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Is liquid cooling really a hassle?

The Complete Guide to PC Gaming

PC Gamer is going back to the basics with a series of guides, how-tos, and deep dives into PC gaming's core concepts that we're calling The Complete Guide to PC Gaming. There's much more to come, and it's all being made possible by Razer, which stepped up to support this months-long project. Thanks, Razer!

Computer components can get pretty hot during normal usage. Under heavy loads, any part, from your CPU to your SSD, can experience thermal throttling to shed extra heat, and in doing so, sacrifice a significant chunk of performance. But in most cases, air cooling is all you need to keep your system cool. Even for gaming, a decent air cooler and case fans will keep your components operating well below their throttling points. However, if you plan on doing any significant overclocking, or you want a silent system without sacrificing performance, you’ll need to step up to something a bit more serious. 

Water cooling systems have advanced significantly over the last decade. While multi-GPU systems can get quite complex, it’s never been easier to setup a basic system to keep one or two components under water. Whether you plan on picking individual parts, looking for a complete kit, or a pre-assembled all-in-one, there are tons of options to get you up and running quickly. 

Which option you choose is going to depend on how many components you plan on cooling, and how much additional heat you need to dissipate. Radiator size, pump flow rate, and block design all have a large impact on efficiency.

All-in-one coolers

While cooling setups can get quite complex, all-in-one units like NZXT’s Kraken series coolers, or Corsair’s many offerings, are even easier to get setup than most air coolers. They are designed to provide a taste of the performance offered by custom systems with simple plug and play operation. These types of water coolers all come pre-filled with a set length of tubing connecting the waterblock and pump to the radiator. Because it’s a sealed unit, they require little to no maintenance. They also don’t need to be topped up as they don’t experience evaporation like DIY setups.

In order to maximize compatibility across a wide range of systems, all-in-one units often leave you with more tubing than you actually need. The pump is also mounted to the CPU block which makes them less efficient than custom kits. And, with a much lower price tag, all-in-one units have to sacrifice some performance to keep the units budget friendly. The pumps have a much lower flow rate than standalone units and the included radiators are often thinner and made from less conductive materials. That doesn’t mean all-in-ones aren’t durable, a decent unit can keep your processor running cool for many years, just don’t expect the same headroom you would get from a more robust system.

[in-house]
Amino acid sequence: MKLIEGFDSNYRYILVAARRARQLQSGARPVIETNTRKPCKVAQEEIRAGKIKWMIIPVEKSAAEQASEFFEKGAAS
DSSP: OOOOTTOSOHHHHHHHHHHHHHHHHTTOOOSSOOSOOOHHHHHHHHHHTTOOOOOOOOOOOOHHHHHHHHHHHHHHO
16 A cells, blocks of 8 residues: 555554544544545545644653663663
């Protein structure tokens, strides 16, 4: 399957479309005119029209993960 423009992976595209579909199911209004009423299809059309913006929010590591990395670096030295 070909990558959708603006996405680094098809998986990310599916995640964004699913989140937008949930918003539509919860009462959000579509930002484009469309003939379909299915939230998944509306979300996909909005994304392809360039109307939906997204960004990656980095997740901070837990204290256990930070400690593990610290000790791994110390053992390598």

Custom water cooling

If you are feeling a little more adventurous and want the full performance capabilities of a custom setup without having to pick out each component, certain companies, such as EK, offer kits that include everything you need to put together a basic loop. They often have different radiator options so you can pick a size that fits your performance requirements and space. Then you can cut the included tubing to size and assemble the system. Other than radiator choice, these kits usually have very few customization options. You will receive basic compression fittings, clear tubing, a basic CPU block and a single pump option. Unlike all-in-one coolers, these systems require that you fill them and do the same regular maintenance that you would with a fully custom system.  It’s a bigger commitment than an AIO cooler, but allows for future expansion if you wish to add other components, such as your GPU, to the system. You also gain the ability to upgrade specific components without buying a new system. For example, you can change out your radiator to accommodate a smaller case, or upgrade to a stronger pump to allow for some extra headroom when overclocking.

If you’re comfortable assembling a kit, then the only extra hassle with going for an all out custom setup is researching and picking out parts that are compatible with each other and fulfill your performance needs. This option requires the most prep work but isn’t any more difficult to maintain than any of the bundled kits. An entirely custom setup also offers the highest level of customization since you are picking your own parts and can mix and match components from different manufacturers. Nearly every water cooling component on the market uses the same G1/4” threading, which means fittings from different manufacturers will work with other manufacturer’s blocks, pumps and radiators. As long as you use a coolant with anti-corrosive additives, you don’t even need to worry about mixing metals when choosing parts, though aluminum products should always be avoided. The main thing to watch out for is the size of your tubing. There are a few different common tube sizes and appropriate sized fittings need to be selected to provide a tight fit–leaks are the last thing you want.

While water cooling can be a big investment, it’s definitely not a big hassle. With so many options on the market, water cooling can be as easy or complex as you want it to be. And with so many online communities built around this once niche hobby, help is always available if you find yourself stuck. With the increasing demands of modern games, there might come a time when some form of water cooling becomes required hardware and there’s never been a better time to get your feet wet.